Game warden: Leave injured deer alone

November 24, 2012

It may be a tough concept to grasp, but a deer that has been downed by an injury is not crying out for your help.

It’s still a wild animal – with hooves sharp enough to put a major gash in your leg. And it wants you to stay away. Even if its hooves don’t slash you, a powerful kick from the animal will make you wish you’d kept your distance.

That’s good safety advice from Texas Parks and Wildlife Hood County Game Warden Deshanna Creager. This time of year, the breeding season – known as “the rut” – is in full swing for the whitetail deer found in this area.

That means the deer not only are quite active, but also distracted.

“Bucks are not paying attention to anything,” Creager said. “When the scent of a receptive female is in the air, buck deer can lose their natural sense of caution. This causes them to come in close contact with humans and their vehicles.”

Creager said it’s important for members of the public not to disturb a down deer – whether it may appear to be sick or injured, or is suspected to be orphaned. Instead, leave it alone.

If a deer is severely injured after being struck by a vehicle, Creager advised that you should call the non-emergency number for the law enforcement agency that has jurisdiction if Animal Control is not open. That would be the Hood County Sheriff’s Office (817-579-3316) outside the Granbury city limits, or the Granbury Police Department (817-573-2648) within the city.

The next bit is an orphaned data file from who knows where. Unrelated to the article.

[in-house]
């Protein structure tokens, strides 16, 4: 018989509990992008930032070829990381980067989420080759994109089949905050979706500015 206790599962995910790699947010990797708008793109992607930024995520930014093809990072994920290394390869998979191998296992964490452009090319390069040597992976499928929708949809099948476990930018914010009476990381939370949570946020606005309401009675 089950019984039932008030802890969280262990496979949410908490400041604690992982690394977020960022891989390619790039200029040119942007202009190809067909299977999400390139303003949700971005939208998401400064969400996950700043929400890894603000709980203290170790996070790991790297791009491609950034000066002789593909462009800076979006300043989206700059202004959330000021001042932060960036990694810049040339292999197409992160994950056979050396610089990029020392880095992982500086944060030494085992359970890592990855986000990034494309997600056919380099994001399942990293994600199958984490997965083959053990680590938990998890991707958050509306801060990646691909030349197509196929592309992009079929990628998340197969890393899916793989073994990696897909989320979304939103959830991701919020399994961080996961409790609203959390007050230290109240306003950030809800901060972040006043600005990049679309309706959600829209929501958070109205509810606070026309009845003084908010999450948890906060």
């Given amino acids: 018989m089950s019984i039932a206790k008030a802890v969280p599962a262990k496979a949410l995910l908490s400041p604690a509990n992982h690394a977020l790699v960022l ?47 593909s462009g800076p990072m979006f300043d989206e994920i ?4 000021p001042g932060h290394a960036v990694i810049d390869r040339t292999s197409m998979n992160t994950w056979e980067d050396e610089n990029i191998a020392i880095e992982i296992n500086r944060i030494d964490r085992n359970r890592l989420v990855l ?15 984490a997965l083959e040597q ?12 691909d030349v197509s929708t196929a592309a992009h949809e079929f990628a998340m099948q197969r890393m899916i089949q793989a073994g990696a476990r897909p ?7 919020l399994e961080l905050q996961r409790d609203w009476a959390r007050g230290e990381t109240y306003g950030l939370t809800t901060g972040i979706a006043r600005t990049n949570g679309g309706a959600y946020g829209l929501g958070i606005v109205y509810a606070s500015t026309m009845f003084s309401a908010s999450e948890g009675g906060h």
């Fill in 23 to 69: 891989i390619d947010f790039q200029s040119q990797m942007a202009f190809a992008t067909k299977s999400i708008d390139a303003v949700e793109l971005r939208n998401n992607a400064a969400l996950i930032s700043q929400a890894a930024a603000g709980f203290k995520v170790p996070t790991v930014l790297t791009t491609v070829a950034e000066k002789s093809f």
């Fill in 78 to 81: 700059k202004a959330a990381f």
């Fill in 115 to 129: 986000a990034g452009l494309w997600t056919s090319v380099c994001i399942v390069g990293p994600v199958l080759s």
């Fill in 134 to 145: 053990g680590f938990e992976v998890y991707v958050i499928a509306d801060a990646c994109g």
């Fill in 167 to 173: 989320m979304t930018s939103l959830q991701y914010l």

If the deer poses a threat to public safety or traffic, call either Hood County Animal Control (817-573-4277, 9 a.m.-noon and 1-4 p.m. Monday through Friday) or local law enforcement authorities. But, Creager said, be aware that response from law enforcement may not always be available for injured deer.

“The general public should not attempt to approach or handle any whitetailed deer, not even fawns,” Creager said. “Deer can cause serious injury to humans. Their hooves are as sharp as razor blades. Deer are so strong, and the last thing they want is for humans to get near them. So that’s not an option for us.

“Because human safety is always the first concern for law enforcement officials, it is not always possible for sick or injured deer to be moved or put down.”

Creager said that discharging a firearm in subdivisions or other populated areas is often impossible because of human safety concerns.

Injuries do not necessarily mean death for surprisingly strong animals like deer, according to Creager.

“Deer can survive and recover from fairly severe injuries such as broken and fractured bones,” Creager said. “These injuries often heal over time without any human intervention. They just have to be given a chance to do that.”

Creager advised that law enforcement officials don’t have the ability to use tranquilizers to immobilize deer, or to remove them for treatment.

“Since deer are large, powerful animals it is usually safer and kinder to humanely put down a critically injured deer than to expose it to the additional stress of capture, restraint and treatment,” Creager said.

More information on the topic can be found online at the Texas Parks and Wildlife website (www.tpwd.state.tx.us).

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